I think employee engagement boils down to this. Your pay cheque is what makes you show up for work every day. What you do with your time when you’re there depends on four things:

  1. the degree to which the work you do is aligned to your passion and strengths
  2. the relationships you have at work and the “love” factor Crowley talks about
  3. how much you believe and are committed to the purpose of the organization,
  4. and what I call the “negative quotient”: the degree to which negative factors at work affect your ability to succeed. This can be anything from office politics to feelings of anxiety around change or direction to not having access to tools or resources to help you do your job (what experts call being “enabled” when defining sustainable engagement)

Employee rewards are important for attracting and keeping good talent, but not necessarily motivating people. Only people and love can motivate people.

If you have five minutes, read his full post. There are some great basic nuggets in the article: companies only focused on profits without a compelling mission will inherently neuter employee engagement and the importance of recognizing people.

This week’s #HappyAct is to love your co-workers and the people at work. And if I don’t say it enough to my team: thank you for everything you do. I think it’s a miracle you show up at work every day and do the amazing work you do. I love you all.

Fifty shades of happy

This weekend is Valentine’s Day. It’s also the opening of Fifty Shades of Grey, the much anticipated screen version of E. L. James novel.

Some of my daughter’s friends read my blog, so bear with me as I indulge in a little wordplay to keep today’s blog G-rated. Today, we’re going to talk about developing your musical talents.

My journey into Fifty Shades of Grey started with disdain. I had heard the book was poorly written and just one musical scene after another, so I had no interest in reading it.

Then one cottage weekend I got curious. I watched as all my friends, even the guys were seduced under its covers. One by one they picked it up, ran their fingers over the pages, and became breathless as they read it in earnest. Hmmm, time to see what all the fuss was about.

I have to admit, I was surprised. I fell in love with all three books and not for the reasons you are probably thinking.

Sure the musical scenes were fun, a bit repetitive maybe, but what I found really interesting about the books were they tapped into a fundamental conflict of women in today’s society. As young women we are taught Victorian values of chasteness and purity. As human beings, we are creatures of desire, passion, and love. To me, the brilliance of James’ novel is her portrayal of the struggle of the main character as she disputes Victorian values and embraces her musical talents while seeking to understand her own limits and desires.

I’d also like to say a few words in James’ defence on the writing. Personally, I think the books are well written. Any writer that is able to lure you into their world and keep you hostage there so you are compelled to keep reading the next chapter or page in my mind is a good writer. The characters are also interesting and if you had kept reading, there’s intrigue and action with helicopter crashes, car chases, and more. I also think it’s brilliant how James finished her third novel.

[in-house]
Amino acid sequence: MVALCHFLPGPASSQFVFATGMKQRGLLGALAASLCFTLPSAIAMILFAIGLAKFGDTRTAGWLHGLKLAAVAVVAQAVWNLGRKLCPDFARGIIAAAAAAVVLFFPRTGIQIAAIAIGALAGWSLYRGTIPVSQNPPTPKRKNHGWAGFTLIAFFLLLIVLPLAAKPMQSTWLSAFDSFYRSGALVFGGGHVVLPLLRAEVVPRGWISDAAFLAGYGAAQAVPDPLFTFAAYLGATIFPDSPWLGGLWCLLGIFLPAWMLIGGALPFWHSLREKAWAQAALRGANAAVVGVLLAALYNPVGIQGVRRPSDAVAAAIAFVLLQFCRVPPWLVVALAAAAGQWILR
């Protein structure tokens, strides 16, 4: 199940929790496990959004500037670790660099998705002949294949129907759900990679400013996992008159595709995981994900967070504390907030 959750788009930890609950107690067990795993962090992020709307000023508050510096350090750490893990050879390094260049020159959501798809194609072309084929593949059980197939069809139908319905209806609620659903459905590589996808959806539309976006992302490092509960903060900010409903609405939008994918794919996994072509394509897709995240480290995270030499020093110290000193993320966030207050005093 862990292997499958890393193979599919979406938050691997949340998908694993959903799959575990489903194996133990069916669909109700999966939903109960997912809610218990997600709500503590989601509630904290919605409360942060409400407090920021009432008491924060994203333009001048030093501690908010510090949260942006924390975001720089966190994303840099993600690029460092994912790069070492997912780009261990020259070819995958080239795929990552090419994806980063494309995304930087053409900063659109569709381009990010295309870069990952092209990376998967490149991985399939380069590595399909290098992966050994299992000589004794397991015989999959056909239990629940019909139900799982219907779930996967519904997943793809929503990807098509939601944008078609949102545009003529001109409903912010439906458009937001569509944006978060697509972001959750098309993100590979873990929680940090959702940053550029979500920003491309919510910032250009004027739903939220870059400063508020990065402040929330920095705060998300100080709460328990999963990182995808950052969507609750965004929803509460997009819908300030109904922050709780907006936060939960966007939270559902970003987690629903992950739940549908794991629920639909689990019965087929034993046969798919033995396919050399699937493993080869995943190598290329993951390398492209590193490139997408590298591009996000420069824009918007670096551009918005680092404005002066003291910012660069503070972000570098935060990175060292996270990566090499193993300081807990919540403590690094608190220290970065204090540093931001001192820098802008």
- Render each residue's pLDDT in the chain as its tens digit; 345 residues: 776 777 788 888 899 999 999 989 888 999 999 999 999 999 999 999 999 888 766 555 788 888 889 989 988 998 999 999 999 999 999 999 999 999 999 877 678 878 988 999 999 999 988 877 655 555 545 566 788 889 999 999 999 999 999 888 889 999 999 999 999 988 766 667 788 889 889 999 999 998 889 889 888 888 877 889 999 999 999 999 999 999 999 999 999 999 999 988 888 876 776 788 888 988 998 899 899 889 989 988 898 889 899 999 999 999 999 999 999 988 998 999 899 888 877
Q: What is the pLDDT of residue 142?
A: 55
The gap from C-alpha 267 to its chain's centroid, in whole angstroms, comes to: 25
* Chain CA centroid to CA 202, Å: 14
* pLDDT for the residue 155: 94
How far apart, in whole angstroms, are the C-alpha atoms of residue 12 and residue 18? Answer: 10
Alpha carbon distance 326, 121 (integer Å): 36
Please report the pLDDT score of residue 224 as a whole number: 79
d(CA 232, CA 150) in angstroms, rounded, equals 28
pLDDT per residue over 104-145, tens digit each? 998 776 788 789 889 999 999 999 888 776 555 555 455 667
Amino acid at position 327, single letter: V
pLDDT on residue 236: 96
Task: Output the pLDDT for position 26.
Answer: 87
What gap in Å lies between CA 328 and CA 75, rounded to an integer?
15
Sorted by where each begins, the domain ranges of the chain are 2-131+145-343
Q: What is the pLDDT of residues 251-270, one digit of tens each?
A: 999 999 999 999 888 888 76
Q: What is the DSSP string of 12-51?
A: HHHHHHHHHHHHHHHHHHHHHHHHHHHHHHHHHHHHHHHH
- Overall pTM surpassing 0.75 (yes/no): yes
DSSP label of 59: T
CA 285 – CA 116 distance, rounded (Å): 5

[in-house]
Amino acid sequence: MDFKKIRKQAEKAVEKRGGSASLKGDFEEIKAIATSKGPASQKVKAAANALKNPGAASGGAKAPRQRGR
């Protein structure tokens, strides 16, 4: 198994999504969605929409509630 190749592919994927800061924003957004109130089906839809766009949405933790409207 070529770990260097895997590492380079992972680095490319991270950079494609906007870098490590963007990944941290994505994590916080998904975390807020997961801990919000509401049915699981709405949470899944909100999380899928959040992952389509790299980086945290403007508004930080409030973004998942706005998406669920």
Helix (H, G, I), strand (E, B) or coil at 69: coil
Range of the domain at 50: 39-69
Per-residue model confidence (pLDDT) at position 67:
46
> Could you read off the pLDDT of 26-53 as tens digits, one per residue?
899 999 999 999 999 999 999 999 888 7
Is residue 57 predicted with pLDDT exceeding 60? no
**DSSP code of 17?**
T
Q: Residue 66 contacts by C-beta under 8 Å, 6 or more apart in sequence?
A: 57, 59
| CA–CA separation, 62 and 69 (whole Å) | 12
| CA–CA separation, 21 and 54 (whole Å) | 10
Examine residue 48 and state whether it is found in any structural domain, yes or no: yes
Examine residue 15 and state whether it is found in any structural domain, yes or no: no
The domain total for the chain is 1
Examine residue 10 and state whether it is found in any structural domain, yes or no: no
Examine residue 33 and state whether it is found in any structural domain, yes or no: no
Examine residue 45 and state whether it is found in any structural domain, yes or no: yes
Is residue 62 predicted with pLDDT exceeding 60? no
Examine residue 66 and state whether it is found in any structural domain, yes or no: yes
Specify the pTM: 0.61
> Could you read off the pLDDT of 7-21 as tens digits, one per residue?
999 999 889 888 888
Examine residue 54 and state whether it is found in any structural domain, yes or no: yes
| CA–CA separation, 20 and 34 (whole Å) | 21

Say what you might, it’s hard to argue with success. More than $100 million in book sales and the 56 million YouTube views and counting for the movie trailer.

Love or hate it, this week’s #HappyAct is to tie a few shades on: read the book, go see the movie (although I hear some of the initial reviews panned it) or create your own fifty shades of happy this Valentine’s Day weekend by spicing it up with your partner. May you make beautiful music together.

Love the one you’re with

 

Husband and wife
Valentine’s selfie

I was watching Modern Family the other night, still one of the best sitcoms on TV, and there was a great line. “You fall in love with this extraordinary person, and then after twenty years of marriage, find yourself married to an ordinary person.” I think this is so true.

I have some friends who aren’t particularly happy in their marriages. Actually, the funny thing is I’m not sure they’re unhappy, they’re just not enthralled with their partner any more. Chock it up to boredom, or just 20 years of living with the same person, but somewhere along the way, they’ve stopped seeing the things that attracted them to their partner and have forgotten why they love them.

Part of the problem is we’re sold a bill of goods when we get married.  According to movies and magazines, the fairy tale romance is followed by a storybook wedding and the happy ever after ending. It’s no coincidence that romantic comedies end when the couple kiss, instead of on their tenth or twentieth wedding anniversary.

Other cultures don’t subscribe to this fantasy view of marriage. Last year we visited Tanzania and had some interesting discussions about true love and marriage. Our guide told us he didn’t believe in true love and that in Tanzania, marriage is seen as a partnership. Other cultures believe in arranged marriages.

Crosby Stills Nash sang, “If you can’t be with the one you love, love the one you’re with.” This week’s Happy Act on Valentine’s Day weekend is to love the one you’re with. Look at your partner and make a mental list of what made you fall in love with them.  Kiss them like it was the first time you kissed them.  Tell them all the reasons you love them. Love the one you’re with.